Betting on botanicals: Australian DMT research scores $4.5 million


Psychae Therapeutics bagged the raise from Tin Alley Ventures and the University of Melbourne’s pre-seed investment fund.
Ayahuasca has been used in South America for thousands of years. The psychedelic compound in the tea is DMT. Courtesy: Getty/Mark Fox Photography

Just six months ago, Australia’s Therapeutic Goods Association (TGA) authorised psychiatrists to prescribe MDMA and psilocybin to treat patients with specific, treatment-resistant mental health conditions. Prior to the TGA reclassification, MDMA and psilocybin psychedelics were Schedule 9 Prohibited substances in Australia.

Now, Melbourne company Psychae Therapeutics is working toward having DMT permitted to treat mental health conditions too.

So, what on earth is DMT, you may ask?

“It occurs naturally in a number of different plants,” Daniel Perkins, the co-founder and co-CEO of Psychae Therapeutics, tells Forbes Australia.

“DMT is a psychedelic compound chemically quite similar to psilocybin. It is the primary psychedelic in the South American brew of Ayahuasca.”

Ayahuasca has been used by Indigenous populations for thousands of years and is sourced from Brazil, Ecuador, Peru, Bolivia and Colombia.

Perkins sees potential for the psychedelic compound found in ayahuasca, to join psilocybin and MDMA in being permitted to treat mental illness. And he is looking closer to home than the Amazon, to source it.

“It occurs naturally in a number of Australian plants. It also occurs endogenously in the brains of humans and other animals at very low levels,” says Perkins.

In addition to founding a company spearheading DMT research and drug development, Perkins is a registered psychotherapist and an expert in the impact of psychedelics on mental health. He works with the University of Melbourne as a senior research fellow, and Swinburne University as adjunct Associate Professor of Mental Health.

“MDMA and psilocybin are definitely leading the pack in terms of psychedelics and Western applications,” says Perkins. “We are looking at DMT-based medicines, which are not quite as advanced, but we feel potentially have even more therapeutic potential when used for mental and addictive disorders.”

The $4.5 million fundraise that Psychae Therapeutics announced this week will support a Phase 2 clinical trial of DMT. Phase 1 trials should be finished by the end of this year.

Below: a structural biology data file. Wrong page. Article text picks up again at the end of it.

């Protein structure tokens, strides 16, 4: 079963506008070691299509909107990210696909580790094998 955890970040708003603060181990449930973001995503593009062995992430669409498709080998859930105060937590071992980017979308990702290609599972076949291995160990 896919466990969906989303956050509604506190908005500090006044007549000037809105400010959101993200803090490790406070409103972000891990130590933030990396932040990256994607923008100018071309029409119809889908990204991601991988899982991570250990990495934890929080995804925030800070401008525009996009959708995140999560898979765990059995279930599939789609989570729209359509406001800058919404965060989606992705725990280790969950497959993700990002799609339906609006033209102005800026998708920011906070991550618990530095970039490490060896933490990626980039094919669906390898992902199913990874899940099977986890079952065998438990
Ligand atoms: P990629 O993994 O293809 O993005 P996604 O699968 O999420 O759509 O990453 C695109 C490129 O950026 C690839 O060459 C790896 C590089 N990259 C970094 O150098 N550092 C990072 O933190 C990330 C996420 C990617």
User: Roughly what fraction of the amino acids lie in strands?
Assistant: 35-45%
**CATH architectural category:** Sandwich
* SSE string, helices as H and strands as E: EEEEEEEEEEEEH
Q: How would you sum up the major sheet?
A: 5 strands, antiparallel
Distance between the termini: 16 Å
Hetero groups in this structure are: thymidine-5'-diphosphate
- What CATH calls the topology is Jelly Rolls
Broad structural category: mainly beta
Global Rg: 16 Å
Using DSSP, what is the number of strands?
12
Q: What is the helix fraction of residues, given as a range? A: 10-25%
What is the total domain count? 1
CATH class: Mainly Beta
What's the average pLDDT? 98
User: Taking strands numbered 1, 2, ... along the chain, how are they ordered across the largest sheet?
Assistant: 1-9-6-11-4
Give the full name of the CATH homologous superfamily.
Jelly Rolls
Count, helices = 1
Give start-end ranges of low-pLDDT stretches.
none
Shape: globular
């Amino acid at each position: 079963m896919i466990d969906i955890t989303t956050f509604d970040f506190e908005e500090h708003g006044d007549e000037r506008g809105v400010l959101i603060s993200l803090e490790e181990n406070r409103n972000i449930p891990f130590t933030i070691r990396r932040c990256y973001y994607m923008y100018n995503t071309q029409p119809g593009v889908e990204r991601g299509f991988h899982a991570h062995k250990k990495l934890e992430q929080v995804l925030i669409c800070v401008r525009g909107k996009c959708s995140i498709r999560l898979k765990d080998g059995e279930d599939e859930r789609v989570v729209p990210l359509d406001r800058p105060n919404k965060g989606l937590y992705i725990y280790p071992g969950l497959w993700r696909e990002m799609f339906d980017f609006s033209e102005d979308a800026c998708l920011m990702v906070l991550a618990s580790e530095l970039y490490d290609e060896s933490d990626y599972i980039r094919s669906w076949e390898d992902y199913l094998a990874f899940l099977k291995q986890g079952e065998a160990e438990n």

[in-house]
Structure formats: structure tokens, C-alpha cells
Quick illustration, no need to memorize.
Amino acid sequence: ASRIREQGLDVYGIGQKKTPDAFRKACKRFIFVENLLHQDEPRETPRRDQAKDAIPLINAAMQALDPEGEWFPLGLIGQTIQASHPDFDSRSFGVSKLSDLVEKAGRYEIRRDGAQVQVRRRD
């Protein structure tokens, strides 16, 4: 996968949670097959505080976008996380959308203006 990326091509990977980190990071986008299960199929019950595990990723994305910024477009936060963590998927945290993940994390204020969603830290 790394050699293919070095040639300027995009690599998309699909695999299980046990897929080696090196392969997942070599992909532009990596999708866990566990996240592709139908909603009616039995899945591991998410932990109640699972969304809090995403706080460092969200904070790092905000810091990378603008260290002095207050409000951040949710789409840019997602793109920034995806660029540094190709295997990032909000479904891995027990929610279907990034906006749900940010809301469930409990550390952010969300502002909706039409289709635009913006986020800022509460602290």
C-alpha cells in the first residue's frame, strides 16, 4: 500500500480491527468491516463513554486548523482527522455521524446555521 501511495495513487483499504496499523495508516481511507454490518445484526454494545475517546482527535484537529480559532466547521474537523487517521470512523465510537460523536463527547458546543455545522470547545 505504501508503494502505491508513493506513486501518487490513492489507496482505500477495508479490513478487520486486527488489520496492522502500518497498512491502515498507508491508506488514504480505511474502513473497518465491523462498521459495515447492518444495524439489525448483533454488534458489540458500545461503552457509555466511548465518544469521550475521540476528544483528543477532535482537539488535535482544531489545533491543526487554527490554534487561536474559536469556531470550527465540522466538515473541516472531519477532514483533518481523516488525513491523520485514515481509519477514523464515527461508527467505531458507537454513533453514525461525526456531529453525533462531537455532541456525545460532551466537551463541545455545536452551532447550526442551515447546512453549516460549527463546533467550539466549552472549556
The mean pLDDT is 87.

“We have identified plant sources of our target compounds that can be grown and harvested at commercial scale,” the company website reads.

Psychae Therapeutics is partnering with two Australian scientific powerhouses to take the research to the next level. A unique MDA extraction and purification technique has been developed, and a standardised pharmaceutical-grade botanical extract is being created.

“Agriculture Victoria are a key industry partner. They are working on plant optimisation and accelerated breeding. With CSIRO we’re looking at the actual manufacture formulation of a pharmaceutical grade medicine,” says Perkins.

The company has also developed a psychological therapeutic treatment model to support patients who choose to try DMT to alleviate mental health issues.

“It’s not going to be for everyone,” Perkins says. “Existing therapies work pretty well for many people, but for some, they just don’t achieve an adequate response. This is for someone with more complex mental health conditions who isn’t responding to other treatments.”

He points to intolerability of traditional depression medication, potential side effects in patients, and the possibility of relapse.

“It’s a very different model to the antidepressant model where you take a pill, everyday, sometimes forever,” says Perkins. “With psychedelics, it’s usually one to three high-dose sessions. You have a very full altered-state experience.”

Those experiences have shown potential to expedite relief from mental illness.

“Psychedelics appear to have this very potent way of being able to work through neurobiological and psychotherapeutic effects,” says Perkins. “Neuro-biologically, they’re inducing neuroplasticity, and modulating brain networks and brain area. There is this aspect of highly accelerated, insightful emotional processing.”

Psychae Therapeutics is now studying which mental health conditions can benefit from DMT-driven emotional processing acceleration.

“We have published papers looking at anxiety and depressive disorders — very significant reported improvements — also, alcohol and drug use disorders. We feel like trauma and PTSD is another area where there could really be very potent effects,” says Perkins.

And that could amount to a very large global target market for DMT botanicals.

Perkins’ partner in Psychae Therapeutics is University of Melbourne honorary research fellow Jerome Sarris, who says innovative interventions are urgently needed.

“World Health Organisation data estimate that around one billion people are living with mental health disorders, which are often chronic and intransigent,” says Sarris.

Tin Alley Ventures, the VC fund set up by the University of Melbourne to invest in startups, sees its $4.5 million co-investment in the company as helping to address a ‘significant global mental health epidemic.’

“Psychae’s focus on developing high-quality, data-driven medical-grade medicines, accompanied by innovative new therapies and treatment platforms makes them a highly attractive investment for our fund,” says Tin Alley Ventures managing partner Dr Andrew McLean.

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